The Mindy Project – a Model Show

I’m a big fan of sitcoms – popular ones, hip ones, old-lady ones – and my current favorite (now that 30 Rock is off the air) is The Mindy ProjectAmy, Tina, and Mindy – my trifecta of amazing, incredible, funny role models.  I adore them all.

Mindy is smart, funny, and very appealing.  And the show keeps getting better and better (although they’re clearly strugglingto find the right girlfriend for Mindy).  Danny and Mindy are the new Sam and Diane.  We know they’re meant for each other but, in the meantime, they bicker while pining over exes.  Danny’s ex-wife has been played on the show by the great Chloe Sevigny.  As Christina, Chloe plays a photographer.  And last week we found out that she took sexy photos of Danny during their brief effort to rekindle their romance.

Danny admitted that he signed a release but then went to a lawyer to see if he could stop Cristina from displaying the photos anyway.  But the lawyer wasn’t any help.  And that’s because Danny was in a tough spot.  A model release is a type of contract, which usually signs over unlimited use of the photographs for lawful uses (display, advertising, etc.) and waives the subject’s right to inspect or approve the finished product.  So if the agreement is valid (e.g., Danny understood what he was signing) and the release language is broad enough to cover displaying his image in an art gallery, then he can’t claim that Christina breached the terms of their agreement.  And if he wanted to revoke the release (i.e., essentially tear up the release like it never existed), then he would have to claim that Christina fraudulently induced him into signing the agreement.  And that’s a tough argument to make.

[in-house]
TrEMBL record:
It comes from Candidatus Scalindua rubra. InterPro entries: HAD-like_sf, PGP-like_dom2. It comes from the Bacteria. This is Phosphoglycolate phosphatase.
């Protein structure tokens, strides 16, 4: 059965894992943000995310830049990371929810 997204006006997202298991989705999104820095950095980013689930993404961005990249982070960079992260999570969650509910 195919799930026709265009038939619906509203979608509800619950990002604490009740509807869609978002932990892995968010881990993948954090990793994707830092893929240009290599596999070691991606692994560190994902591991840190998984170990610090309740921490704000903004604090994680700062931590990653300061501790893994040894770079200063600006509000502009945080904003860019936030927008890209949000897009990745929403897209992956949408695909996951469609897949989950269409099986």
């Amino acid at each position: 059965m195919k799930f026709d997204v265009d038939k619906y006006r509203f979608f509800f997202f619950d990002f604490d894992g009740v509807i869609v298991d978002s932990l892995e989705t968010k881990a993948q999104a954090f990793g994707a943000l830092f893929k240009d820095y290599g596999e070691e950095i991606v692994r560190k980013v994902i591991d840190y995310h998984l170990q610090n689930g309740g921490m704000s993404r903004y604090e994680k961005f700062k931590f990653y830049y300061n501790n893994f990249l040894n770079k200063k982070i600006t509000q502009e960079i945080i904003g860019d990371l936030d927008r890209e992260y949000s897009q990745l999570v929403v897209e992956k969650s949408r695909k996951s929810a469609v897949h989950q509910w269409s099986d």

So Danny couldn’t stop Christina – no matter what he tried.  And the office came out to support his Weiner Night.  And everybody should take a lesson from this: no matter how much you think you love and trust someone, those dirty pictures are going to turn up somewhere eventually!

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Jessica_alegalgeek
Jessica has been litigating business and IP disputes for the past decade. During that time, she’s dealt with clients, lawyers, and judges who have varying degrees of appreciation for the challenges of managing discovery in an electronic age. Until the fall of 2011, she was an attorney at a large, Texas-based law firm, where she represented clients in state and federal court nationwide. That fall, she made a long-desired move back to the Midwest and is now a partner at Hansen Reynolds Dickinson Crueger LLC, a litigation boutique based in Milwaukee, Wisconsin, where she continues to litigate while also consulting with business and law firms on e-discovery issues (before, during, and after litigation arises).